Volume 96, Issue 67
Wednesday, January 29, 2003

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Can you burn your values?

Re: "The burning question: to burn or not to burn?" Jan. 15

To the Editor:

I would like to give my wholehearted support to Ms. Wrobel for her position on CD burning. The morally corrupted music lovers of North America have been burning too many CDs without regard for the hard working bands that produce them. Pirating music (as well as movies and computer software) is just a cheap and lazy way out of working legitimately for the goods that you desire.

The standard argument against the pirating community is that they deprive starving artists of their rightful share. However, less than 25 per cent of the money you spend when you purchase a CD gets to the artists themselves, with the rest going to retail distributors like HMV. Most artists make more money from touring and from selling their merchandise on their tours than from album sales.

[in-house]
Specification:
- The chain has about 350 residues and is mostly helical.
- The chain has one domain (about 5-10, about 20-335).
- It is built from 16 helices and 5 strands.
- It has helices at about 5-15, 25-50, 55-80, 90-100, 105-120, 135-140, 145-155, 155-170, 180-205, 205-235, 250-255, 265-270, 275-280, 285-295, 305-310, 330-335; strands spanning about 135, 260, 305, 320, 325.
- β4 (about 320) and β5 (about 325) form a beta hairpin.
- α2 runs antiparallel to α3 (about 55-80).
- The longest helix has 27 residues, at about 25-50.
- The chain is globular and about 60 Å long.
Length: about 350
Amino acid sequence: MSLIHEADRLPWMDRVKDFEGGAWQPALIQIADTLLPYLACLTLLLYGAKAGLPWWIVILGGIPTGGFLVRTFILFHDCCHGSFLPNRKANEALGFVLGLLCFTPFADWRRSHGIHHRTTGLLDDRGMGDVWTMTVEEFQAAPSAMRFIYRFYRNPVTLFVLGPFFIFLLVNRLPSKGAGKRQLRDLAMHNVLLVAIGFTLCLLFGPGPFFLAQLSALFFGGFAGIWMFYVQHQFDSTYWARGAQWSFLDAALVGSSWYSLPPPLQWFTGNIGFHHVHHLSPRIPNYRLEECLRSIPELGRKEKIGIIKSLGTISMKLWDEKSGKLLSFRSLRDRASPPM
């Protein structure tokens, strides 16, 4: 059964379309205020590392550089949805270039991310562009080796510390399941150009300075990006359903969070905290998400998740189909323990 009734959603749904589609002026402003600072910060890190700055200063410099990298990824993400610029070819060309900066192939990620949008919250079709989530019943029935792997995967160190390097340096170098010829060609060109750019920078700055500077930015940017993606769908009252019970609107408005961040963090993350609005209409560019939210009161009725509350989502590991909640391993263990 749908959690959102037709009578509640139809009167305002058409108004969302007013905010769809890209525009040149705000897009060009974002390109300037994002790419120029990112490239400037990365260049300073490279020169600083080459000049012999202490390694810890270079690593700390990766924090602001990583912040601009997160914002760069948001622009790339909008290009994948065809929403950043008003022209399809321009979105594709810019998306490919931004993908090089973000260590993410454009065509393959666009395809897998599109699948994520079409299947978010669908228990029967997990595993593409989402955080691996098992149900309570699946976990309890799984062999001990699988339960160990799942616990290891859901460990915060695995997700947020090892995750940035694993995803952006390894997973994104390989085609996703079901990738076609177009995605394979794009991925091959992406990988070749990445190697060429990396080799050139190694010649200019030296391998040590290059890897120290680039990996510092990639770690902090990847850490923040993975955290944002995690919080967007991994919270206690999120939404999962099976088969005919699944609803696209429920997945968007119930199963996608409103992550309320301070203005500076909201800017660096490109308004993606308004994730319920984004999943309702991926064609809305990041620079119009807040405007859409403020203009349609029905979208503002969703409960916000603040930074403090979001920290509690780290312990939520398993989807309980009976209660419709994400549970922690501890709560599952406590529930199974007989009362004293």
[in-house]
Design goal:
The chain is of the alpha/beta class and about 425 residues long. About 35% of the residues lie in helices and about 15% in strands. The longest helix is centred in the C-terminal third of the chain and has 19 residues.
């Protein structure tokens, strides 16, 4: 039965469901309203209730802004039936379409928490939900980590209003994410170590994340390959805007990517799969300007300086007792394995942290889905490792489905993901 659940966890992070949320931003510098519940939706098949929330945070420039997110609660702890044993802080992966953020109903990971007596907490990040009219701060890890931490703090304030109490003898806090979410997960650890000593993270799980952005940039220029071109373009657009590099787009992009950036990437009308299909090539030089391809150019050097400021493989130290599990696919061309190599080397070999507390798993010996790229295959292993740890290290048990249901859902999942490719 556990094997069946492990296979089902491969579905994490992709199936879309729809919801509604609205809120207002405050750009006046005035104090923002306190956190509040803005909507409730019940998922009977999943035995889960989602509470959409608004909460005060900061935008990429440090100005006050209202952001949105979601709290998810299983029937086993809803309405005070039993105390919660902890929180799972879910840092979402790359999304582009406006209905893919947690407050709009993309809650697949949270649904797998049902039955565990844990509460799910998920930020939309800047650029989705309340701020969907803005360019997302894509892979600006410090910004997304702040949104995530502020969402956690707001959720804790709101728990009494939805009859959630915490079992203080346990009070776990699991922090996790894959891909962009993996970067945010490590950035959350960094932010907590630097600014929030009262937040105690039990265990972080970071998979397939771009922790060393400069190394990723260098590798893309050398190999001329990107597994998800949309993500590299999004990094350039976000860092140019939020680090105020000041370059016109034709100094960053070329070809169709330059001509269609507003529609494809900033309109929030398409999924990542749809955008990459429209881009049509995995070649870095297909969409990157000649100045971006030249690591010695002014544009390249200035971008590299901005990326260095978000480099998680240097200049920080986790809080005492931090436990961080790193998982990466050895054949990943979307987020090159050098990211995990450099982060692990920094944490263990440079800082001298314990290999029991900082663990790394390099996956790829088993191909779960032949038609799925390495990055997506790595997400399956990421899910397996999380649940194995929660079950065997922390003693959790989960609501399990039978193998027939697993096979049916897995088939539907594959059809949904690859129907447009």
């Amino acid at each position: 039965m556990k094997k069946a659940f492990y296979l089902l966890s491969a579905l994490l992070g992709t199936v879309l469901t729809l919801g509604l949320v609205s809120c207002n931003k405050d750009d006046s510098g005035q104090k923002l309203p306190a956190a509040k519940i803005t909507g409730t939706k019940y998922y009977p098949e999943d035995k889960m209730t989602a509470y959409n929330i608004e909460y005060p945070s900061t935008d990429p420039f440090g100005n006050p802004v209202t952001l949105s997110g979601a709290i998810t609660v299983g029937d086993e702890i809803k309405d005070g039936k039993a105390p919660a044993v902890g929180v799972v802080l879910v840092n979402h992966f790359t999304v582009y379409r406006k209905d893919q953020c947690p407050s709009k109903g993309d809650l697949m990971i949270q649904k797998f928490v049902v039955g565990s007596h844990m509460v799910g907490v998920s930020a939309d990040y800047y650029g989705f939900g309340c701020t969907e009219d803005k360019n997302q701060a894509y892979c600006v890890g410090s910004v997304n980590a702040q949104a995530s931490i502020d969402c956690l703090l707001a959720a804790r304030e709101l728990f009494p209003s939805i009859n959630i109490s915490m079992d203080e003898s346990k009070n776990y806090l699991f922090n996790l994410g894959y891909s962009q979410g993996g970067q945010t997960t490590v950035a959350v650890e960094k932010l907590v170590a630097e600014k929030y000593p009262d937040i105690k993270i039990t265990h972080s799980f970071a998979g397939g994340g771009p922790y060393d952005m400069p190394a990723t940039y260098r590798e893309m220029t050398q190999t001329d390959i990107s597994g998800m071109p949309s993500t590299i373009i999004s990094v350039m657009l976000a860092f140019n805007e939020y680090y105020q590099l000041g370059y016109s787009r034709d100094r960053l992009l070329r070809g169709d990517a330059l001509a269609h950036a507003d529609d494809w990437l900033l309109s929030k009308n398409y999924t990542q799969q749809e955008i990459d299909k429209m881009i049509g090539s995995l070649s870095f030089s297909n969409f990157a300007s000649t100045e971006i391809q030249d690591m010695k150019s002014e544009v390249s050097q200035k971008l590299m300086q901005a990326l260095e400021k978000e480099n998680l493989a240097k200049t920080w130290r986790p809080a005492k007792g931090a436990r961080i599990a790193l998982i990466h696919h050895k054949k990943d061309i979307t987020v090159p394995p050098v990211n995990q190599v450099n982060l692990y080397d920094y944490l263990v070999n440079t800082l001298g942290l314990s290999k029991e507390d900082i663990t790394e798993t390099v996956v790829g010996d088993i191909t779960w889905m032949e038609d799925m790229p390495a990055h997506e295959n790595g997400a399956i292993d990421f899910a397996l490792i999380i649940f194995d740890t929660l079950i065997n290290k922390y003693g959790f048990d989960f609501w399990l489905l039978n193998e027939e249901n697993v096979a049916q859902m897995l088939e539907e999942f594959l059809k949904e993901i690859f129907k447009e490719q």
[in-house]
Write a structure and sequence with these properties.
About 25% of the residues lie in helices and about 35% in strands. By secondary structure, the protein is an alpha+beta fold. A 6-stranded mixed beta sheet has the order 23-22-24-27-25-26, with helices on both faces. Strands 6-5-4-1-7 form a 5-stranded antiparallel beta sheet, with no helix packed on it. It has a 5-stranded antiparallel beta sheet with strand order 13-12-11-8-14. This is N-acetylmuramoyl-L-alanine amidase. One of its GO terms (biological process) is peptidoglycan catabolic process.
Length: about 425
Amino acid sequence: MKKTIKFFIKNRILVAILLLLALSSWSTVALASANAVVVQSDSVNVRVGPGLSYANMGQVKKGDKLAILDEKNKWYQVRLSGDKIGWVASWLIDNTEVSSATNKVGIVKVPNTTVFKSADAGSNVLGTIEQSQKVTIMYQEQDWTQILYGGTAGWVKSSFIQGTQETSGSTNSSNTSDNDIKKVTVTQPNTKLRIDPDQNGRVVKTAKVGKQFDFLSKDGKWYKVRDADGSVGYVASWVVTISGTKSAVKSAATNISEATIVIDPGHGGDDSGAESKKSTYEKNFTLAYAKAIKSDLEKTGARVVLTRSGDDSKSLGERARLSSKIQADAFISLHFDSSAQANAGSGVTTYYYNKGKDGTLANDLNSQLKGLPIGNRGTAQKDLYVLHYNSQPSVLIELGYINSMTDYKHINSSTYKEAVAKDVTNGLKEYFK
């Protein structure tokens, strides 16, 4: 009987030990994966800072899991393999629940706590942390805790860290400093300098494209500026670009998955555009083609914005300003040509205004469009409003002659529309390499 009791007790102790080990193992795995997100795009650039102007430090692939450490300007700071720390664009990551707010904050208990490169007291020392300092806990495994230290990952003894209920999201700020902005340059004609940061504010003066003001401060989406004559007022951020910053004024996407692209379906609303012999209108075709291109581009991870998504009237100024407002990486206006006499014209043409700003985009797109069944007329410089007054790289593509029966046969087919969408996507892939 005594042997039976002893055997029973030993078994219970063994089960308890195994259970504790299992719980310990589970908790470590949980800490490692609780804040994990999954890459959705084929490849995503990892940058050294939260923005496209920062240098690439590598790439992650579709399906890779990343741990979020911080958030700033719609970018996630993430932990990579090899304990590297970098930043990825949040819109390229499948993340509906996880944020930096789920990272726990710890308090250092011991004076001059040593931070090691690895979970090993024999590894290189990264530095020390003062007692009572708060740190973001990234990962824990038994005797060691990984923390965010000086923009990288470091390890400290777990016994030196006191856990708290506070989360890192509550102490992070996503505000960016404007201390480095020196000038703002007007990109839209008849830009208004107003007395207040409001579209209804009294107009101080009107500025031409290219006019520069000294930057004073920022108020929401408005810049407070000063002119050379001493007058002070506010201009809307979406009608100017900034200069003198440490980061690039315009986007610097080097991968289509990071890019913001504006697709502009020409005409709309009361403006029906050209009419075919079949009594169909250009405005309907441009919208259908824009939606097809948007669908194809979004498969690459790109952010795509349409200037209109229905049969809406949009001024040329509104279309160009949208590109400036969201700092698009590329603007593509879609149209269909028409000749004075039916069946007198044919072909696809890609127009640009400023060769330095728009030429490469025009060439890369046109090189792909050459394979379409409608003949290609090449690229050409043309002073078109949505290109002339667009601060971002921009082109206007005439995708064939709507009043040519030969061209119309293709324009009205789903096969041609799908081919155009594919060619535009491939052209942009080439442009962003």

The real issue here is the absence of the values of work, saving and earning the goods that we buy. It's a poor excuse to say you can't afford to purchase the "overpriced" retail CDs if you went to the bar last night and blew $25 on cab, cover and drinks. These self-proclaimed "too poor to afford retail prices" are really just trying to get both sides of what is supposed to be a consumer's budgeting trade-off.

I find the purchase of a good CD provides much more long-term benefits than one bar night anyway. In the pro-burning half of the article, Mr. Wyatt implies that if I have ever made a mix tape or copied a rental video, I can't look down upon CD burning. Unfortunately, Mr. Wyatt, two wrongs don't make a right and this statement is a fitting example of the moral bankruptcy epidemic.

Jeff Zon
ACS II

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